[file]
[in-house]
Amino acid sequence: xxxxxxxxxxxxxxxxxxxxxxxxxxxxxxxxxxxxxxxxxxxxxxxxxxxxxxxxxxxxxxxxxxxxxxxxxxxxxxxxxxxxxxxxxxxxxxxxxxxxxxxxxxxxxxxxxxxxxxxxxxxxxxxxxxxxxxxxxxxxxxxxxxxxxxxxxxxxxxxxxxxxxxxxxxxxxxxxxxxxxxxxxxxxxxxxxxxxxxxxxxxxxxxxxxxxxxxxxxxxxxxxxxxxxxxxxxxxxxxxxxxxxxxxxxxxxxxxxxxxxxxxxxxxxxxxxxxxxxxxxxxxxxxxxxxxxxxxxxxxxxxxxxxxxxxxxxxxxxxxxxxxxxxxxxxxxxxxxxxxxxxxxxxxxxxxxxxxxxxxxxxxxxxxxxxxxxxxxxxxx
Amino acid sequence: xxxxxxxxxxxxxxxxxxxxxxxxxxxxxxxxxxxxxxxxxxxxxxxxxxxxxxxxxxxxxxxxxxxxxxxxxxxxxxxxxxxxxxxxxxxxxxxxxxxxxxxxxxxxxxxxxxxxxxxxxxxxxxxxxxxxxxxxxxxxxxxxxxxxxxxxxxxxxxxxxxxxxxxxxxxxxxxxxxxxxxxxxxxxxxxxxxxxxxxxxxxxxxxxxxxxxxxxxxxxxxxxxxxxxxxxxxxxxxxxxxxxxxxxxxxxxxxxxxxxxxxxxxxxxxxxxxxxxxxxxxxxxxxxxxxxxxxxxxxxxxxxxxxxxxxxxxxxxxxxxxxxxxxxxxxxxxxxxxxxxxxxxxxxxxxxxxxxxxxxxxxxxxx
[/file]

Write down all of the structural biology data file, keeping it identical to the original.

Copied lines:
[in-house]
Amino acid sequence: xxxxxxxxxxxxxxxxxxxxxxxxxxxxxxxxxxxxxxxxxxxxxxxxxxxxxxxxxxxxxxxxxxxxxxxxxxxxxxxxxxxxxxxxxxxxxxxxxxxxxxxxxxxxxxxxxxxxxxxxxxxxxxxxxxxxxxxxxxxxxxxxxxxxxxxxxxxxxxxxxxxxxxxxxxxxxxxxxxxxxxxxxxxxxxxxxxxxxxxxxxxxxxxxxxxxxxxxxxxxxxxxxxxxxxxxxxxxxxxxxxxxxxxxxxxxxxxxxxxxxxxxxxxxxxxxxxxxxxxxxxxxxxxxxxxxxxxxxxxxxxxxxxxxxxxxxxxxxxxxxxxxxxxxxxxxxxxxxxxxxxxxxxxxxxxxxxxxxxxxxxxxxxxxxxxxxxxxxxxxx
Amino acid sequence: xxxxxxxxxxxxxxxxxxxxxxxxxxxxxxxxxxxxxxxxxxxxxxxxxxxxxxxxxxxxxxxxxxxxxxxxxxxxxxxxxxxxxxxxxxxxxxxxxxxxxxxxxxxxxxxxxxxxxxxxxxxxxxxxxxxxxxxxxxxxxxxxxxxxxxxxxxxxxxxxxxxxxxxxxxxxxxxxxxxxxxxxxxxxxxxxxxxxxxxxxxxxxxxxxxxxxxxxxxxxxxxxxxxxxxxxxxxxxxxxxxxxxxxxxxxxxxxxxxxxxxxxxxxxxxxxxxxxxxxxxxxxxxxxxxxxxxxxxxxxxxxxxxxxxxxxxxxxxxxxxxxxxxxxxxxxxxxxxxxxxxxxxxxxxxxxxxxxxxxxxxxxxxx